Mitchell Miller: Right. I mean, this has been an area where Manchin has been trying to get things moved more quickly. It does predominantly deal with energy-type projects. He’s had a pet project, particularly with a pipeline involving West Virginia that he really wanted to get through. And of course, as you know, he has been at times the most powerful person in the Senate because of his unique position in the 50-50 split. So we’ll see how that works out. What they do want to do is get this CR through basically mid-December, then there are hopes, maybe illusions that an overall bill could be worked out in the lame duck session. We’ll have to see about that. By the way, Vermont Senator Patrick Leahy and Alabama Senator Richard Shelby, both key appropriators they are both getting ready to retire. So we’ll have to see if that gives them a little bit more of an impetus to push this across the finish line at some point.
Tom Temin: A lame duck or a Christmas goose, I guess. We’re speaking with Mitchell Miller, Capitol Hill correspondent for WTOP. And there’s also postal service reform pricing going on on Capitol Hill. Some work there from Representative Jerry Connolly.
Mitchell Miller: That’s right. The House oversight and reform subcommittee that’s led by Virginia Congressman Connolly. They held a hearing last week a field hearing in Philadelphia and lawmakers just took turns blasting the Postal Service for poor service. Lawmakers are upset about a wide range of issues including delays and delivery of mail-in ballots from the last presidential election. Pennsylvania Democrats made it clear they want to make sure those ballots are delivered in a timely fashion for the midterm elections. The poster boy for criticism remains Postmaster General Louis DeJoy, who’s trying to implement a variety of reforms. There were also complaints actually about crime against postal carriers, the lawmakers pointing out that the police force for the Postal Service has actually been reduced quite a bit. And Jerry Connolly pointed out there have been more attacks and robberies of people delivering the mail. So that was another complaint and then getting two possible reforms. Connolly has just proposed new legislation that potentially would make it harder for the Postal Service to raise rates. This would require the Postal Regulatory Commission to reexamine its rate setting system, which was only put in place two years ago. The latest system allows the commission to set prices on a formula that takes into account inflation as well as the declines in mail delivery and other factors. DeJoy has been raising rates at a quicker pace than in the past that troubles some lawmakers. Usually it’s based just on inflation. The Postal Service actually announced a profit in the third quarter of 2022. This year, but most of that came from Congress lifting that postal service obligation to prefund retiree benefits for health benefits. Again, Jerry Connolly skeptical of the higher rate hikes, lower services and fewer workers. So he is proposing basically a review period which would sort of slow down the possible rate hikes by the Postal Service.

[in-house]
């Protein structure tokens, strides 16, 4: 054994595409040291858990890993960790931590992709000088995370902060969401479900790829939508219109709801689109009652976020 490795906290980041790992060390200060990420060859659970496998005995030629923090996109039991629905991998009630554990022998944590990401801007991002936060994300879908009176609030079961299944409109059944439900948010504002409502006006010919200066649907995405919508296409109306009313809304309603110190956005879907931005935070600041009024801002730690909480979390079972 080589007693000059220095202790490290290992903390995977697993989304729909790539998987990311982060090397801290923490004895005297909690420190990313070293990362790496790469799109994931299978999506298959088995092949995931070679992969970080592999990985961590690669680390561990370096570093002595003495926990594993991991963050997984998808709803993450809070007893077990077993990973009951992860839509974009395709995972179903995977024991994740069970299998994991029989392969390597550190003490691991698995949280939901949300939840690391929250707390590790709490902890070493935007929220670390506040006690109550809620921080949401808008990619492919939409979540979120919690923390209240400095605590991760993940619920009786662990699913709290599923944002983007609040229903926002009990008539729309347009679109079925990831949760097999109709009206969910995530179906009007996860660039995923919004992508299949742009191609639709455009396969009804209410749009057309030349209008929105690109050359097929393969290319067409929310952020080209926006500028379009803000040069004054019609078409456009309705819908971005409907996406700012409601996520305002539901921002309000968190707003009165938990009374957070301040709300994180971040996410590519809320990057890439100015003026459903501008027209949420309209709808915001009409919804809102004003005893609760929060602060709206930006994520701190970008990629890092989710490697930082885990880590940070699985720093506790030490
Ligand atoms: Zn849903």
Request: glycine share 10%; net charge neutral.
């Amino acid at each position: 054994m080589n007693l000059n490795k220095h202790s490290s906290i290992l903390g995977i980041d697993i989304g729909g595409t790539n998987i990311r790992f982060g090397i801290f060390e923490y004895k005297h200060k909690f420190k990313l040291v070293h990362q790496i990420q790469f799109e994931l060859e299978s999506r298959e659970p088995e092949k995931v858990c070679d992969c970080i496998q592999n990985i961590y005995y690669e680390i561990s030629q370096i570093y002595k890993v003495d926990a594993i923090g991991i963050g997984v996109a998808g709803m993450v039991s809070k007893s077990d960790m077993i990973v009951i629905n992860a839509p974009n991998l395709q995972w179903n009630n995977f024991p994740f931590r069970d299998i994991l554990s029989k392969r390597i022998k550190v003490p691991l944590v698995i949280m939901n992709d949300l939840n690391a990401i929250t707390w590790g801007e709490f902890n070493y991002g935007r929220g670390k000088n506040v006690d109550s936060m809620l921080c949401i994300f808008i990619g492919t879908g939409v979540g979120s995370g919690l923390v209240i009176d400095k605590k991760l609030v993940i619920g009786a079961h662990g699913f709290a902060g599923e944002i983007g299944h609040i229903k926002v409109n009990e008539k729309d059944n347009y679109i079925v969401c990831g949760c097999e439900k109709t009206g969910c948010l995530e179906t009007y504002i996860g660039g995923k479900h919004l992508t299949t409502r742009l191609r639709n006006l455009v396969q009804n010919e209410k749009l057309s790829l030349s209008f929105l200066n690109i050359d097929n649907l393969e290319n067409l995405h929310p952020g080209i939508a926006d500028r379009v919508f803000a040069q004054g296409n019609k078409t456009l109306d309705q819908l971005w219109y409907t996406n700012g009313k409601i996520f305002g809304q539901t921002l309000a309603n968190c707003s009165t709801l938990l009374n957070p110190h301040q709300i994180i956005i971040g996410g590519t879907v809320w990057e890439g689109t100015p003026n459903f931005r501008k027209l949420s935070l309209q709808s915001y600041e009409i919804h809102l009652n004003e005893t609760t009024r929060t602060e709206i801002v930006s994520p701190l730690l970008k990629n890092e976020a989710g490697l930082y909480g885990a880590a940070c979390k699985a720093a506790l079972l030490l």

Tom Temin: There’s an old saying in computers, the engineers say you want better, faster, cheaper, pick two of the above. I guess maybe that’s true of the Postal Service. And finally, because of the short period left in the legislative cycle for this year, is January 6 still occupying or will occupy Congress? Are they going to take up more time for that because of perhaps the perceived political benefit of it?
Mitchell Miller: So obviously, the January 6 hearings took up a lot of oxygen here on Capitol Hill over the summer, there are plans for perhaps at least one more hearing this month. They have not scheduled it yet, but committee members say they keep taking in more information, which has made it more difficult to wrap up everything. And they need to put together a report and they’re racing against those midterm elections, as you pointed out, which could lead to Republicans retaking the house and getting rid of the committee, that’s widely expected. The committee was expected to release a preliminary report or their findings potentially in the next month or so. But they also want to come up with recommendations to make sure that nothing like the insurrection happens again, so a lot of work to do in a short amount of time.
Tom Temin: Mitchell Miller is Capitol Hill correspondent for WTOP.